It is not clear how long before 1417 he became rector at Orbatello in Florence, but several documents report his residence there from February 1420 until January 1427. In 1419 and 1423 he acted as papal legate for S Maria degli Angeli. Moreover, the text of Godi, Firenze suggests that he was resident in Florence in 1406.
The above documentation (all first presented in Günther, 1987) eliminates earlier identifications of the composer as a singer at S Reparata, Florence, in 1408 and as the Camaldolite Paolo at the Badia del Sasso, near Arezzo, in 1419. (His portrait in the Squarcialupi Codex, see illustration, has him in the black of a Benedictine, not the white of a Camaldolite; since this was done at the Camaldolite monastery S Maria degli Angeli, it can hardly be wrong.) Moreover, no evidence has been found to support earlier theories that he could have been related to the affluent Capponi or Leoni families of Florence; details of his will and reports on the poverty of his brother, Domenico di Marco, suggest that Paolo was from a humble family.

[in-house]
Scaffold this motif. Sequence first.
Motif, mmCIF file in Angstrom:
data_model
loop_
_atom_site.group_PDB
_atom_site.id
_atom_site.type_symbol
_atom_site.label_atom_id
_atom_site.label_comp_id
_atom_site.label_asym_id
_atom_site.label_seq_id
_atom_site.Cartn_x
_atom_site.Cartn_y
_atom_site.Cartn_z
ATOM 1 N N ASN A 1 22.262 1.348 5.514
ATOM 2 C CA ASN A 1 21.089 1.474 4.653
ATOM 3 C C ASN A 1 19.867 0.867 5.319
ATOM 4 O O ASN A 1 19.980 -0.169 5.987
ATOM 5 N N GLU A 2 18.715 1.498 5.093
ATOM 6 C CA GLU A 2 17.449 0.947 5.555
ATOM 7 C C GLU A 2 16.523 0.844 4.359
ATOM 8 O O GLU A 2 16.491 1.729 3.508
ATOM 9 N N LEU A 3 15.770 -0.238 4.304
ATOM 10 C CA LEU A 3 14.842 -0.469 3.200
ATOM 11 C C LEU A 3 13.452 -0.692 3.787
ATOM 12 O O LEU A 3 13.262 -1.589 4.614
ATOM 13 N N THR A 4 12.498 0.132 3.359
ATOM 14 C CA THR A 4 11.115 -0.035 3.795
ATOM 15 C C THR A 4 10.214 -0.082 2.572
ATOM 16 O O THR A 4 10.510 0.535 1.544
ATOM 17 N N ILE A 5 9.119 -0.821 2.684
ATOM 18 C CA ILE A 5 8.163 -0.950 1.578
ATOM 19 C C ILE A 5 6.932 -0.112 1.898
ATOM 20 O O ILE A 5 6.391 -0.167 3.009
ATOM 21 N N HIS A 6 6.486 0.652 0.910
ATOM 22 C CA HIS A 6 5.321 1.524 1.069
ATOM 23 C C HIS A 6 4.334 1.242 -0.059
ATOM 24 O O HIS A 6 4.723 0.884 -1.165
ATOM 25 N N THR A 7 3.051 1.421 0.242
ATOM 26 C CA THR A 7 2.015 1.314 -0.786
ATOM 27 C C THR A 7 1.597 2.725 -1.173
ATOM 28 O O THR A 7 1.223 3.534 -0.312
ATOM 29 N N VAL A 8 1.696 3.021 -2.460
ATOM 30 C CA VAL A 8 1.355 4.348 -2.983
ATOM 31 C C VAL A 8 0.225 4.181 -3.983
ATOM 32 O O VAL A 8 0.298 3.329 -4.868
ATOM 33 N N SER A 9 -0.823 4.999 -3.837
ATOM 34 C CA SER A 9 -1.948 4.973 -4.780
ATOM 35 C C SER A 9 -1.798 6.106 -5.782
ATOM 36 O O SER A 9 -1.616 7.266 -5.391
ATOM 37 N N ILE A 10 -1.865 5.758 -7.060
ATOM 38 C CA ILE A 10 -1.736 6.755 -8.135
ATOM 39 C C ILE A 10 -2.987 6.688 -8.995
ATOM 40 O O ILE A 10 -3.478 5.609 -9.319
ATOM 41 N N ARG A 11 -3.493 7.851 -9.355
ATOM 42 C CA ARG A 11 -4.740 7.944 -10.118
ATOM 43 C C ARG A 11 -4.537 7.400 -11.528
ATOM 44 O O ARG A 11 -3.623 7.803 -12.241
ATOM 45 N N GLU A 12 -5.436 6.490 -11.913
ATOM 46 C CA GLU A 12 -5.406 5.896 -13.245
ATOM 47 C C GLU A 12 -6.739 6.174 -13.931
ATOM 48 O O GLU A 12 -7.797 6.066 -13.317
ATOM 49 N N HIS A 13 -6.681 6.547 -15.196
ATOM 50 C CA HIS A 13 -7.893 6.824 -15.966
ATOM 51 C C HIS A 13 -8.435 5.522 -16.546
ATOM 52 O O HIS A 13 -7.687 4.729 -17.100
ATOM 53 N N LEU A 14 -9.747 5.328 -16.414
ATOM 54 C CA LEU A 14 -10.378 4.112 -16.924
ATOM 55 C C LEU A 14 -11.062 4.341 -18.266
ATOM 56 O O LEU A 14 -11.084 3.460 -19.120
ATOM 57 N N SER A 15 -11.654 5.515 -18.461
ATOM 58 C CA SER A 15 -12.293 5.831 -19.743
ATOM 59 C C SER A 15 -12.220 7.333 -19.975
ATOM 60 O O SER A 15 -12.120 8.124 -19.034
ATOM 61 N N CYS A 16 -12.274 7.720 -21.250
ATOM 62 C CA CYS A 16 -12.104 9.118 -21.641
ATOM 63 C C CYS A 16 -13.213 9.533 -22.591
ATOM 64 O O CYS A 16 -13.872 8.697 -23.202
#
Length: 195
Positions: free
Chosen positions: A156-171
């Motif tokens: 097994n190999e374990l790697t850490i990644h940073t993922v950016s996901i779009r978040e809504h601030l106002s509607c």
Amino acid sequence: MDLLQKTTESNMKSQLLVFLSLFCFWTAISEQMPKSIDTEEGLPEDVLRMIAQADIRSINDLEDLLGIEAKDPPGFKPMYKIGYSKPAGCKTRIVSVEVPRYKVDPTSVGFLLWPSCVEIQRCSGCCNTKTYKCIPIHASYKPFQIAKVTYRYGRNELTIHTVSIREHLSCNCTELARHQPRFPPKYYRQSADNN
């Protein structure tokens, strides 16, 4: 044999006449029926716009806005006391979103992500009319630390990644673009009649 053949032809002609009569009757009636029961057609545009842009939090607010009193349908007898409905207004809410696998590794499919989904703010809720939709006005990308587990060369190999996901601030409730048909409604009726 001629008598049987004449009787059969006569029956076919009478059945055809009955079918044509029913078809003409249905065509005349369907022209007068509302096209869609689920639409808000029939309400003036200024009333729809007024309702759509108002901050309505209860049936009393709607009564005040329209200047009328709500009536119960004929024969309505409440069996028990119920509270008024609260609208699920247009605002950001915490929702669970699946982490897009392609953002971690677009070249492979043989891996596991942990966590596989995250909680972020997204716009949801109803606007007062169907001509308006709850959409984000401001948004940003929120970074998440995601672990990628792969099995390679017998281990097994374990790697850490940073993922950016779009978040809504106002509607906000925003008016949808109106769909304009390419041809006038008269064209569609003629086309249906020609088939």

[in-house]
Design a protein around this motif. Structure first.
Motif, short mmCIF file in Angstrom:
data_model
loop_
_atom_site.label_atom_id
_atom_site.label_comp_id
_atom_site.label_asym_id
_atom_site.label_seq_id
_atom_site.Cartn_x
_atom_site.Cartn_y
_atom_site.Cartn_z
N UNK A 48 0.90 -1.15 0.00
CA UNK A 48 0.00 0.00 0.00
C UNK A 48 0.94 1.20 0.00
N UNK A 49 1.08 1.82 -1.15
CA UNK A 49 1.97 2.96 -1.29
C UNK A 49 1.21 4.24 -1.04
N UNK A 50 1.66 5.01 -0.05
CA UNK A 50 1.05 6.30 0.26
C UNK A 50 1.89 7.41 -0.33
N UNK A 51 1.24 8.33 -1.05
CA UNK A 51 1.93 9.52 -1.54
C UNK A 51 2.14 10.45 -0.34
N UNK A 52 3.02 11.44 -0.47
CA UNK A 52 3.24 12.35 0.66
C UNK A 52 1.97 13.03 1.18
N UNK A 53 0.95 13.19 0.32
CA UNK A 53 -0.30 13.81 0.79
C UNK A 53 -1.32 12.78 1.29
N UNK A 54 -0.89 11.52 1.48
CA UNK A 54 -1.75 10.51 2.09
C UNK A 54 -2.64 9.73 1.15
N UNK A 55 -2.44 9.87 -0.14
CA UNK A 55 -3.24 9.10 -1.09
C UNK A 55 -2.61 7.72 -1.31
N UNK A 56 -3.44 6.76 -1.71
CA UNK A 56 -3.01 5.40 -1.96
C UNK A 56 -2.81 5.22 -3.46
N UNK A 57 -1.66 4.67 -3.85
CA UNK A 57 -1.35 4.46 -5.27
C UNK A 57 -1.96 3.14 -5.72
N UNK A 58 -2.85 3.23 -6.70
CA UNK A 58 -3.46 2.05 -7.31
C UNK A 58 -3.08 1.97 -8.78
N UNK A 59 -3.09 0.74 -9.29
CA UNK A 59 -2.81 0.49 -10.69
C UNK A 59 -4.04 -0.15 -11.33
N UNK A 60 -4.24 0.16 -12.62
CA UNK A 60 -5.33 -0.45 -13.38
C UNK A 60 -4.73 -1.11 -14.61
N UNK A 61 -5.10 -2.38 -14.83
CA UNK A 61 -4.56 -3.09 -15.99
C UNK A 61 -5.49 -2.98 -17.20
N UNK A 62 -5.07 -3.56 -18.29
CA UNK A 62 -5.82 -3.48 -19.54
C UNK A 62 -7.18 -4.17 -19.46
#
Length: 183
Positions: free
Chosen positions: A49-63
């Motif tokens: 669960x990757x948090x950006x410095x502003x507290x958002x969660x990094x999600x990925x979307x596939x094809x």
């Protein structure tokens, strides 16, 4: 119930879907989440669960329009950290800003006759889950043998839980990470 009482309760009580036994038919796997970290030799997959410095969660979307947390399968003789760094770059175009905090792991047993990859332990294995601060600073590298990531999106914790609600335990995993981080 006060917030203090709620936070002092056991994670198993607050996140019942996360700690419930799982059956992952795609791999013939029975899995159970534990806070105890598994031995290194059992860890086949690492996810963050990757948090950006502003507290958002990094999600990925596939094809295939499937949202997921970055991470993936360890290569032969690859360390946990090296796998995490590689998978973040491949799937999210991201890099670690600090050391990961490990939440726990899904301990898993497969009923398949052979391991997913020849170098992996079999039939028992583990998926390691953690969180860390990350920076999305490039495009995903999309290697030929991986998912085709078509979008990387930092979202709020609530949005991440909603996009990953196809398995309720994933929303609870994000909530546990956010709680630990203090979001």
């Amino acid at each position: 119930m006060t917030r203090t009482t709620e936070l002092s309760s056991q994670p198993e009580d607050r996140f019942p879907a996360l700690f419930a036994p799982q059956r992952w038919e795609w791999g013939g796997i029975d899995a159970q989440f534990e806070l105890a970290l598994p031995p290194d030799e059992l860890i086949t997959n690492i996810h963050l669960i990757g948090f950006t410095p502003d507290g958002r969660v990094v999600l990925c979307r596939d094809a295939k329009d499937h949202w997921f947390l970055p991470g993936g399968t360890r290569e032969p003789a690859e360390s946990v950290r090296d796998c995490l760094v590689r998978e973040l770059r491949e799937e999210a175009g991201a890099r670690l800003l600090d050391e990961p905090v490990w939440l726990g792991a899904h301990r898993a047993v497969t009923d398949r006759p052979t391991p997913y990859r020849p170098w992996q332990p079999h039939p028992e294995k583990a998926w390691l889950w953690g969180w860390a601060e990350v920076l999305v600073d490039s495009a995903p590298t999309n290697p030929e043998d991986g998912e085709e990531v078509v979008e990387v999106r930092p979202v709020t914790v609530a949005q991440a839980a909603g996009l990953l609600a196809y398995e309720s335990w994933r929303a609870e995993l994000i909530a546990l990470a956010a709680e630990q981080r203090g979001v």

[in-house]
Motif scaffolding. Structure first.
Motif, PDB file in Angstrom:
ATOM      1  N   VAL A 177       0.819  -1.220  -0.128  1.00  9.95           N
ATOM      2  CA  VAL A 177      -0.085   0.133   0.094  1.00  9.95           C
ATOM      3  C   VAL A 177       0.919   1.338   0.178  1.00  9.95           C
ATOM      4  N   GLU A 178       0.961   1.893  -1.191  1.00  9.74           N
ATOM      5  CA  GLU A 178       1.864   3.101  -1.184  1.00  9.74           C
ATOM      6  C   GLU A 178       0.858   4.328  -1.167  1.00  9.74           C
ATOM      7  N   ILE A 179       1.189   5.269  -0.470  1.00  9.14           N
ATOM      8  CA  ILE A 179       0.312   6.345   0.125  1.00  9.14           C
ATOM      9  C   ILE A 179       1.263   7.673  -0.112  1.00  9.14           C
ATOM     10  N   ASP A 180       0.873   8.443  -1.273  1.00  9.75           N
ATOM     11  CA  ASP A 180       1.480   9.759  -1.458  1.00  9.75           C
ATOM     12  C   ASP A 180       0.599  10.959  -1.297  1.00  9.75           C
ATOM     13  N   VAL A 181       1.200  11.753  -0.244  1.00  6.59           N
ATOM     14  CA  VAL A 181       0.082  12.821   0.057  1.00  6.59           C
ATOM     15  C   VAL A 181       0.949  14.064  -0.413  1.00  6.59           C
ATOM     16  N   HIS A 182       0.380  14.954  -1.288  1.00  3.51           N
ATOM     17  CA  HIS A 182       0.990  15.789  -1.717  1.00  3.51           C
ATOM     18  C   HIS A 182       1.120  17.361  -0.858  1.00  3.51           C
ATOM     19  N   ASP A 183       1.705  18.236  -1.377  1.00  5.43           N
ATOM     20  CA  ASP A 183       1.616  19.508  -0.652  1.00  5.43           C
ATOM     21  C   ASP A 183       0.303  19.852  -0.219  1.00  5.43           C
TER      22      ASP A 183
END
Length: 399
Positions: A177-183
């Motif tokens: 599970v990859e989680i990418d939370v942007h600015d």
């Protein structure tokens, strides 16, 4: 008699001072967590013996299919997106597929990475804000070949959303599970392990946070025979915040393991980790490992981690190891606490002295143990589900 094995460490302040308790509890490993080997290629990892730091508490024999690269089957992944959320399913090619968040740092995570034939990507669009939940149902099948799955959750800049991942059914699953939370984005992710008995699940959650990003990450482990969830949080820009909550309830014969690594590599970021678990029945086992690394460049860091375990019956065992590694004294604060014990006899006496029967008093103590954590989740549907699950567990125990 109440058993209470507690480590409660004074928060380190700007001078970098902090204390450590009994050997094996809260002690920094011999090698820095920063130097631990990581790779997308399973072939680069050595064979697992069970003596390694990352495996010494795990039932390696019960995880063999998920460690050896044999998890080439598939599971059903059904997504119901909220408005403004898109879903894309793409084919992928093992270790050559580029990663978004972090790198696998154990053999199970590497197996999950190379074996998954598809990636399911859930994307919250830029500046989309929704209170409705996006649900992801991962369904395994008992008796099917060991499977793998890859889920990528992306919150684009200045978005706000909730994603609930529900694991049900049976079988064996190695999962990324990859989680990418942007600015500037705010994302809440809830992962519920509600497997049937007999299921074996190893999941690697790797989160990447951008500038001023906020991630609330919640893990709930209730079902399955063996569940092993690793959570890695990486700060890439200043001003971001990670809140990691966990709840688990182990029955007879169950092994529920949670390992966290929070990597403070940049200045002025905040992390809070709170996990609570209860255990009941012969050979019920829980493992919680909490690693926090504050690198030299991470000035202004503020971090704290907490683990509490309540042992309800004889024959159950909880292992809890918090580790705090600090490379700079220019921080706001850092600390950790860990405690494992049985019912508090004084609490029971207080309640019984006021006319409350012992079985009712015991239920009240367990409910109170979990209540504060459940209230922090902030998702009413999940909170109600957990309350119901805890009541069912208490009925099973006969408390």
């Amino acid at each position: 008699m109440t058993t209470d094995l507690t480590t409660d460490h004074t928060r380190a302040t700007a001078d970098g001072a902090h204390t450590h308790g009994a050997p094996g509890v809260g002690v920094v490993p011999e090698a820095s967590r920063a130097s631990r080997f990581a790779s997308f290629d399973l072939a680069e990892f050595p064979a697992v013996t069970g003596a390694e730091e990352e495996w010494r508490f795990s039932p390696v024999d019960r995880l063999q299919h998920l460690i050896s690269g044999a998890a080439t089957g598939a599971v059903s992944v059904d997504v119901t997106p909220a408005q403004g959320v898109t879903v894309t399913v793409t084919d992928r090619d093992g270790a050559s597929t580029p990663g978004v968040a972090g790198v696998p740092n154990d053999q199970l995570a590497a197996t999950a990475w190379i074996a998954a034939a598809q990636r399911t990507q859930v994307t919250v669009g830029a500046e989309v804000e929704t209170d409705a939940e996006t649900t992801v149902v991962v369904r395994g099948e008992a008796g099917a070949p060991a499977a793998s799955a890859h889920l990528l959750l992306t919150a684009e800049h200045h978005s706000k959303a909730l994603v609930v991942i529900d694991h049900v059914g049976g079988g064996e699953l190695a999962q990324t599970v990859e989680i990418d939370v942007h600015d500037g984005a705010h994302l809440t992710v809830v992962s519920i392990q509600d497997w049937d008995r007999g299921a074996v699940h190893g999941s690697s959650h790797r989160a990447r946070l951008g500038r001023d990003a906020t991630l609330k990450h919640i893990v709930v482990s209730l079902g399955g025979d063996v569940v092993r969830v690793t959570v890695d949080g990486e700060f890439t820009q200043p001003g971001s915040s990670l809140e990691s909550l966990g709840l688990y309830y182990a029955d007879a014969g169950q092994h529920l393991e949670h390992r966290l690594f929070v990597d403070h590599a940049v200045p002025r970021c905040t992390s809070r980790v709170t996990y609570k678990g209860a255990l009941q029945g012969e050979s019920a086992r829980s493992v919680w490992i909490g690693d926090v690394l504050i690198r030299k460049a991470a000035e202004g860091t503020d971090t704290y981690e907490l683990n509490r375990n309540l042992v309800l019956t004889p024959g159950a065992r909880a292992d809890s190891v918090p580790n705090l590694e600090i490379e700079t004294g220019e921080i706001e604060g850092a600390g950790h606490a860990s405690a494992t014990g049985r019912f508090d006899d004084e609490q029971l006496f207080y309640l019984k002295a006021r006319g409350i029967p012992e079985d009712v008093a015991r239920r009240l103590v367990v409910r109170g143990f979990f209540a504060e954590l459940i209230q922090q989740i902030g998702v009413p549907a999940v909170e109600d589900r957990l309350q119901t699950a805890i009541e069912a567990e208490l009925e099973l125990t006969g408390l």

Far harder to construe is the Paolo, abbot of S Andrea de Pozzo in the diocese of Arezzo (and near to S Martino al Pino), who witnessed a document of Cardinal Angelo Acciaiuoli in Rome on 16 July 1404. The composer was abbot of S Martino al Pino from 1401 to 1433 and seems unlikely to have held another abbacy at the same time; but a document of May 1419 shows him appointing a new rector to S Andrea de Pozzo – in fact the man who eventually became his successor as abbot of S Martino al Pino. Moreover, in 1404 Cardinal Acciaiuoli received a decorated missal from the monastery of S Maria degli Angeli.